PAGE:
Prior to his appointment as Minister without Portfolio, candidate for the post Zsolt Semjén attended a hearing before Parliament’s Justice Committee on Monday at which he stated that he is prepared to rethink the current system enabling Hungarians to contribute 1 percent of their personal income tax to charity each year.

As an example, the Christian Democrat politician cited the fact that the reduction in the level of personal income tax also affects the social support system, suggesting that resources should be linked to GDP to negate the uncertainties caused by these effects.

As he explained, he is open to change, but since the 1 percent is currently supplemented to the total sum, the system could continue operating in its current state in future. The candidate spoke out in support of church interdependence and religious freedom.

Mr. Semjén reported on the fact that the number of church-maintained institutions has doubled since 2010, with the ratio of church schools increasing from 6 to 13, and the proportion of church-run social institutions increasing from 11 percent to 23 percent. He confirmed that he supports the church taking over further institutions in response to public demand.

The candidate for the post of Minister without Portfolio reported on the fact that 270 thousand children currently have the opportunity to attend religious studies classes, and state funding for churches has increased to 55 billion forints (EUR 174 million) from 24 billion (EUR 76 million) in 2010. In addition, the income of posted pastors has increased by 80 percent, funding for cross-border churches are increasing, and the Government has launched a host of nursery school development projects and other programmes, including the Reformation Year and preparations for the International Eucharistic Congress in 2020.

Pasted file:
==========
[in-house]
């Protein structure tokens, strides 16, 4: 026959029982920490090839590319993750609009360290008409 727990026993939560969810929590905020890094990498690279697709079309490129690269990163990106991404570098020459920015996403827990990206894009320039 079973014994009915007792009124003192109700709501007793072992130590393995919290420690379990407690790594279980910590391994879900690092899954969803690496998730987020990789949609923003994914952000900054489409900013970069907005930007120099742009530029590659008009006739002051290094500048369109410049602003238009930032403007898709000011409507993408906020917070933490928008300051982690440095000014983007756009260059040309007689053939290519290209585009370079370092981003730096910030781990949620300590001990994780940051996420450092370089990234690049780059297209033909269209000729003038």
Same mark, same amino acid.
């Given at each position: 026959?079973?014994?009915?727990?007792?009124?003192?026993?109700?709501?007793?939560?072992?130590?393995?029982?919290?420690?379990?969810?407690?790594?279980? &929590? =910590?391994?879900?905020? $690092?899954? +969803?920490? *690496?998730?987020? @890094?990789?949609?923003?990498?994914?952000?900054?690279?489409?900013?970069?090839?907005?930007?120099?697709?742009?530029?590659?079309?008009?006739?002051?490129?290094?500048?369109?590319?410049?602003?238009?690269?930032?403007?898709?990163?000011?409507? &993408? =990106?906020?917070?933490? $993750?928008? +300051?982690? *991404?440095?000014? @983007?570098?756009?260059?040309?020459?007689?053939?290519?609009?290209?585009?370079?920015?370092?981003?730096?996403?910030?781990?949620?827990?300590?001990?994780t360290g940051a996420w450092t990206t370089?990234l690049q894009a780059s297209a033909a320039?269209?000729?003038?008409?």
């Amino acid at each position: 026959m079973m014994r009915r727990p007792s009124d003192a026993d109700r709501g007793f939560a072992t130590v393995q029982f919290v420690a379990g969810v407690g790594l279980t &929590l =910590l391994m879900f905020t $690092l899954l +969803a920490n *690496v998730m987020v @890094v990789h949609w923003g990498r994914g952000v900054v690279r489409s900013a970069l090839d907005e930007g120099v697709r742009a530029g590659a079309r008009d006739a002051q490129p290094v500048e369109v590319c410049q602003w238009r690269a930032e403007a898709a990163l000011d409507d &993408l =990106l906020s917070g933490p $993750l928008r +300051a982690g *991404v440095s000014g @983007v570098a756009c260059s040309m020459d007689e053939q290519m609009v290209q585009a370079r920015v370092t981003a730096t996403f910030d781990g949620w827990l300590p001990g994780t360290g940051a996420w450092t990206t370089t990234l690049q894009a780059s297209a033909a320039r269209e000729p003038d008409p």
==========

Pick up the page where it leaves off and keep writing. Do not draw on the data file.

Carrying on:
Mr. Semjén also spoke about the Churches Act, explaining that in his view only the regulations concerning the founding of Churches had received major media attention, while in fact this is just a tiny slice of the well-thought-out legislation. He spoke out in favour of differentiating between Churches that have existed for centuries and “newly devised religious experiments”.

In response to a question, the candidate for Minister said the two-thirds majority would enable the Government to solve the issues included in the European Court of Human Rights’ ruling, explaining that an amendment bill had already been put forward during the Government’s previous term in office, but the opposition had not been a partner to its adoption in parliament. We have been in negotiation and have reached a compromise on the majority of issues, he stated.

Mr. Semjén also rejected claims that Church institutions were receiving three times as much funding as state-run institutions, explaining that discrimination existed under the MSZP-SZDSZ government, and that financing was now equal.

(Cabinet Office of the Prime Minister/MTI)